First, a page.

Cambodia History

Cambodia History

Rise of the Khmer Empire

In the 1st century AD The Fu-Nan Empire, which had close trade relations with China, India and Arabia, originated in the south of today’s Cambodia. In the 6th century this empire was conquered by the Khmer invading from the north, the newly founded empire (598) with the capital Chenla split into a northern and a southern part at the end of the 8th century. The southern empire came under the influence of the Malay Empire Sriwijaya, whose center was on Java. From here, Buddhism entered today’s Cambodia, which finally became the dominant religion in the 13th century.

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In the 9th century, Jayavarman II succeeded in founding a new, unified Khmer empire, the unitary state of Cambodia. Under his successors, the empire extended far beyond the borders of today’s state. The country’s greatest expansion came in the 12th century under Suryavarman II, at which time the famous temple complex Angkor Wat, one of the largest religious buildings in the world, was built. Angkor, capital since 889, had around one million residents around 1200 and was probably the largest city in the world at the time.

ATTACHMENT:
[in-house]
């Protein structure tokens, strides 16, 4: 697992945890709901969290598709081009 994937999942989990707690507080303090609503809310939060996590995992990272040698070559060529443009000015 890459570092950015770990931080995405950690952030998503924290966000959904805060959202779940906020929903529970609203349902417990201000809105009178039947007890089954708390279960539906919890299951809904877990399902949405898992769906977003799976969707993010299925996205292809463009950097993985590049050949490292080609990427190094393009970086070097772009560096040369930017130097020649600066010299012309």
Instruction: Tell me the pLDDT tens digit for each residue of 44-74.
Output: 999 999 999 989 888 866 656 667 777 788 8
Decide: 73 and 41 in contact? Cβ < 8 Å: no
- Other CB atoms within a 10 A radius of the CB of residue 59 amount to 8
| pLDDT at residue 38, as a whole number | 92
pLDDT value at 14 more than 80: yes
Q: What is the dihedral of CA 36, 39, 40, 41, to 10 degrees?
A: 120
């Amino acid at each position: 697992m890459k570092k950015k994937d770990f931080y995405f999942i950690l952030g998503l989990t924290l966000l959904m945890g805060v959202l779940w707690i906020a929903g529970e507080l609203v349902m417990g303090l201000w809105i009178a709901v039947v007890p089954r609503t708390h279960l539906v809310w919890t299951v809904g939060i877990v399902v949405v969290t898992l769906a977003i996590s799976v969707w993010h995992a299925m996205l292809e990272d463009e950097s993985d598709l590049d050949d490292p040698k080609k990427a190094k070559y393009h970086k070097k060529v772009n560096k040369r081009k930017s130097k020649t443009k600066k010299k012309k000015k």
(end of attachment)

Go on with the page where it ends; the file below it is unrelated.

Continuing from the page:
French domination

From the 13th century, according to AbbreviationFinder, Cambodia gradually had to hand over its conquered areas to the newly created Thai Sukhothai empire, whose successor Siam conquered the capital Angkor for a short time (1353). The subsequent wars of Cambodia with the Thais and the Cham invading from the northeast further weakened the empire; in 1431 the capital Angkor was again conquered by the Thai and had to be abandoned by the Khmer. The residence was moved to Phnom Penh.

The following centuries were marked by constant clashes between Cambodia and the Kingdom of Siam (Thailand) and the Vietnamese Nguyen kings, with the empire losing more and more territories and weakening them. In order to avoid a total seizure of the country by Siam or Vi¨ºt-Nam, King Norodom I of Cambodia concluded a protectorate agreement with France in August 1864, which had begun subjugating Indochina in the mid-19th century. With the treaty began the colonial period of Cambodia, which was to last until 1954. The protective power took over the administration of the country, French settlers began to build huge cotton and rubber plantations. Both Chinese and Vietnamese were brought in as workers. The kingship remainedhowever, the king had hardly any power of disposal.

In 1887, the French protectorates in Indochina (in addition to Cambodia, South Vietnam / Cochinchina, Central Vietnam / Annam and North Vietnam / Tongking) were combined to form the “Union Indochina” (French Indochina). So in 1893 Laos was annexed.